Everything is Just Beginning (Book Review)

  • Author: Erin Bartels
  • Publisher: Revell
  • Available Now
  • Synopsis: While living with his Uncle Mike in a trailer adjoining the property of a famous musical couple, Michael meets their daughter, who quickly befriends him.
  • Disclosure: I received a complimentary copy of the book from the publisher. Opinions expressed are my own.

Scripture Connection

But Jesus would not entrust himself to them, for he knew all people. He did not need any testimony about mankind, for he knew what was in each person.

John 2:24-25

Spiritual Themes

Bartels explores the search for significance, clearly demonstrating that life’s meaning— and fulfillment— cannot be found in the approval of people. This is such an important message, and it is so well-conveyed. Although the verse above is about Jesus, I felt that it was fitting because it demonstrates His example in this.

Forgiveness also plays a significant role in the plot.

What I Liked

Erin Bartels is an excellent writer with a strong command of voice. As the narrator, Michael is thoroughly believable. Everything he does is consistent with his character, and he feels like he could be— and probably is— a real person. He’s fully, and seemingly effortlessly, fleshed out from the first page of the novel. This isn’t to say I liked Michael throughout the novel, but I always believed him.

The found family dynamics were beautiful. I’ve read only one other novel, The Girl who Could Breathe Underwater, by Erin Bartels, and this newest release reminded me a lot of the other one, in terms of family relationships. In both cases, a kind and wealthy family welcomes a person into their circle. And that is a beautiful thing to read about.

The redemptive plot line was also gorgeous. I won’t spoil by saying more about that, but the book was both powerful and beautiful.

Although this isn’t necessarily a fair comparison (Everything is Just Beginning has a lot more texture), Natalie reminded me a bit of Jamie Sullivan from Nicholas Sparks’ A Walk to Remember. Like Jamie, Natalie is prepared to see the best in people and she’s able to take charge of a situation, even when those around her mistake her deliberate dismissal of social cues for naivety. Michael is also a little bit like Landon from A Walk to Remember. I do list this as a positive because that novel is a favorite of mine, albeit very different than Everything is Just Beginning.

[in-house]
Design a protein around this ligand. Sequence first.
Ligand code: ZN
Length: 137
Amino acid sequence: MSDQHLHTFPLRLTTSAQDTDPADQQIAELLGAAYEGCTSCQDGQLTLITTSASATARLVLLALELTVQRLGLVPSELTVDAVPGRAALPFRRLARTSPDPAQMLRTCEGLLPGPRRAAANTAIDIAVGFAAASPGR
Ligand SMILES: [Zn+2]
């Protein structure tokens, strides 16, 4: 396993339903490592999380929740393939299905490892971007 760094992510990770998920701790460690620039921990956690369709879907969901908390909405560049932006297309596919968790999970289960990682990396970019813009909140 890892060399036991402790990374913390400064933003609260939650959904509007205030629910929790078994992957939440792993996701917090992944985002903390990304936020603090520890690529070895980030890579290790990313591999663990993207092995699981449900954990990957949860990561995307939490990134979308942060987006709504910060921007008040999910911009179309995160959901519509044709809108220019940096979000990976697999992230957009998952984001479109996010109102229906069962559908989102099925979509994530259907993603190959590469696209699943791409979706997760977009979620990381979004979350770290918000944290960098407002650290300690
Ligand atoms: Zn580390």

The “historical” setting of the story was well-executed. While I was expecting a stronger emphasis on the major events of the period (i.e., what you would read about in a textbook), based on the back cover, I felt that the occasional brief references were both effective and realistic. After all, when it comes to major events, many people will here about what is happening, without actually being personally affected. If I were to recount a season in my life, in later years, I would probably be more focused on my personal experience than on the context of national/global events.

Overall, although this book was a bit heavier than what I usually like to read, the writing was so strong—hence, the five star rating.

Content Notes

Michael and Natalie spend a good deal of time together in the Listening Room, which is described with sacred/reverential language.

In terms of romantic content, I don’t recall other notes, but I was sick while reading (and it’s now been a few weeks since I finished).

Recommendation Status

Rich and powerful, Everything Starts Here is a well-crafted, emotional read. Recommended for readers who are looking for a powerful read and enjoy bittersweet narratives.

Published by Stephaniesninthsuitcase

Hi, there! My name is Stephanie and I’m a Fresno, CA native. After studying at Biola University, I received my MLIS (Masters in Library Science) from San Jose State University. I live with my mom, poet Kimberly Vargas Agnese, and serve as her unofficial agent. We reside at MeadowArc, a food forest in its infancy. I am called to, and passionate about, purity. In fact, the name Agnes means “pure.” Before I was born, my mom felt led to include the name Agnes in her name, and in the names of her children. My full, hyphenated name includes 26 letters (but not the whole alphabet).

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